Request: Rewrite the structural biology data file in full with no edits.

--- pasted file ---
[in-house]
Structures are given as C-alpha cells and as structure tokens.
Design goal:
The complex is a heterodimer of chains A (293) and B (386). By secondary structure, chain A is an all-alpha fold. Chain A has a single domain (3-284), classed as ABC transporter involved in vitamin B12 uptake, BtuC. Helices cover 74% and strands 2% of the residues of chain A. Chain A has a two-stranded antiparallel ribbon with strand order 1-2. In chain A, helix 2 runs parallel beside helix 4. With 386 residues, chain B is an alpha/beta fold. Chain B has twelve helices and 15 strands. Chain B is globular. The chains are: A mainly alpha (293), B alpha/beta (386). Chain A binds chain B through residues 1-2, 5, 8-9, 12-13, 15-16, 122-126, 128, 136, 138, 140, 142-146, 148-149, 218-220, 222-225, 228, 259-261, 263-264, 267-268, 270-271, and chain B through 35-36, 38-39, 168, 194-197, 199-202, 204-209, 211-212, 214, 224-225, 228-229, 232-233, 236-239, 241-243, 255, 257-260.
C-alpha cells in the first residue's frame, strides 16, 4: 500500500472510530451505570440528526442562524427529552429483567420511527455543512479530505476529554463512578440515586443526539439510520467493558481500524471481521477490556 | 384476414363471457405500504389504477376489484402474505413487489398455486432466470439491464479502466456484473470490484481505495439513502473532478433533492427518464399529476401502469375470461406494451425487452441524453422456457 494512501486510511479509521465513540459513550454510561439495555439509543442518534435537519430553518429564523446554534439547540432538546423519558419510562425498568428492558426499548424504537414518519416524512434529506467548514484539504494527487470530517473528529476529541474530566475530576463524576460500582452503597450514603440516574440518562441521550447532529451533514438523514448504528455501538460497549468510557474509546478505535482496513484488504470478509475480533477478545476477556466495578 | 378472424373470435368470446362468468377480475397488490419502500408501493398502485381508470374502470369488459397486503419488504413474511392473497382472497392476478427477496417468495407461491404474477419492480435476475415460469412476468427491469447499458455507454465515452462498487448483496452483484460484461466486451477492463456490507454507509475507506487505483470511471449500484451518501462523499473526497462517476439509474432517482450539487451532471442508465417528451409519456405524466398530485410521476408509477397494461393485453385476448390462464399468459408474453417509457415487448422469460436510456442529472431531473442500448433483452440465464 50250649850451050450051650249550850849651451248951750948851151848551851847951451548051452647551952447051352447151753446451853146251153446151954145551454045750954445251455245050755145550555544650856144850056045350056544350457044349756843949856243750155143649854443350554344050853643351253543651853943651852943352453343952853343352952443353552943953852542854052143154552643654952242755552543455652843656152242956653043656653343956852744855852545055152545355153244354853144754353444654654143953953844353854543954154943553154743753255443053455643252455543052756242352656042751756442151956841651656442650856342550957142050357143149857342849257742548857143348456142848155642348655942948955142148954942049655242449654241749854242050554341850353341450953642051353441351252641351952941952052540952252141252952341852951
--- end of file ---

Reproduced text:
[in-house]
Structures are given as C-alpha cells and as structure tokens.
Design goal:
The complex is a heterodimer of chains A (293) and B (386). By secondary structure, chain A is an all-alpha fold. Chain A has a single domain (3-284), classed as ABC transporter involved in vitamin B12 uptake, BtuC. Helices cover 74% and strands 2% of the residues of chain A. Chain A has a two-stranded antiparallel ribbon with strand order 1-2. In chain A, helix 2 runs parallel beside helix 4. With 386 residues, chain B is an alpha/beta fold. Chain B has twelve helices and 15 strands. Chain B is globular. The chains are: A mainly alpha (293), B alpha/beta (386). Chain A binds chain B through residues 1-2, 5, 8-9, 12-13, 15-16, 122-126, 128, 136, 138, 140, 142-146, 148-149, 218-220, 222-225, 228, 259-261, 263-264, 267-268, 270-271, and chain B through 35-36, 38-39, 168, 194-197, 199-202, 204-209, 211-212, 214, 224-225, 228-229, 232-233, 236-239, 241-243, 255, 257-260.
C-alpha cells in the first residue's frame, strides 16, 4: 500500500472510530451505570440528526442562524427529552429483567420511527455543512479530505476529554463512578440515586443526539439510520467493558481500524471481521477490556 | 384476414363471457405500504389504477376489484402474505413487489398455486432466470439491464479502466456484473470490484481505495439513502473532478433533492427518464399529476401502469375470461406494451425487452441524453422456457 494512501486510511479509521465513540459513550454510561439495555439509543442518534435537519430553518429564523446554534439547540432538546423519558419510562425498568428492558426499548424504537414518519416524512434529506467548514484539504494527487470530517473528529476529541474530566475530576463524576460500582452503597450514603440516574440518562441521550447532529451533514438523514448504528455501538460497549468510557474509546478505535482496513484488504470478509475480533477478545476477556466495578 | 378472424373470435368470446362468468377480475397488490419502500408501493398502485381508470374502470369488459397486503419488504413474511392473497382472497392476478427477496417468495407461491404474477419492480435476475415460469412476468427491469447499458455507454465515452462498487448483496452483484460484461466486451477492463456490507454507509475507506487505483470511471449500484451518501462523499473526497462517476439509474432517482450539487451532471442508465417528451409519456405524466398530485410521476408509477397494461393485453385476448390462464399468459408474453417509457415487448422469460436510456442529472431531473442500448433483452440465464 50250649850451050450051650249550850849651451248951750948851151848551851847951451548051452647551952447051352447151753446451853146251153446151954145551454045750954445251455245050755145550555544650856144850056045350056544350457044349756843949856243750155143649854443350554344050853643351253543651853943651852943352453343952853343352952443353552943953852542854052143154552643654952242755552543455652843656152242956653043656653343956852744855852545055152545355153244354853144754353444654654143953953844353854543954154943553154743753255443053455643252455543052756242352656042751756442151956841651656442650856342550957142050357143149857342849257742548857143348456142848155642348655942948955142148954942049655242449654241749854242050554341850353341450953642051353441351252641351952941952052540952252141252952341852951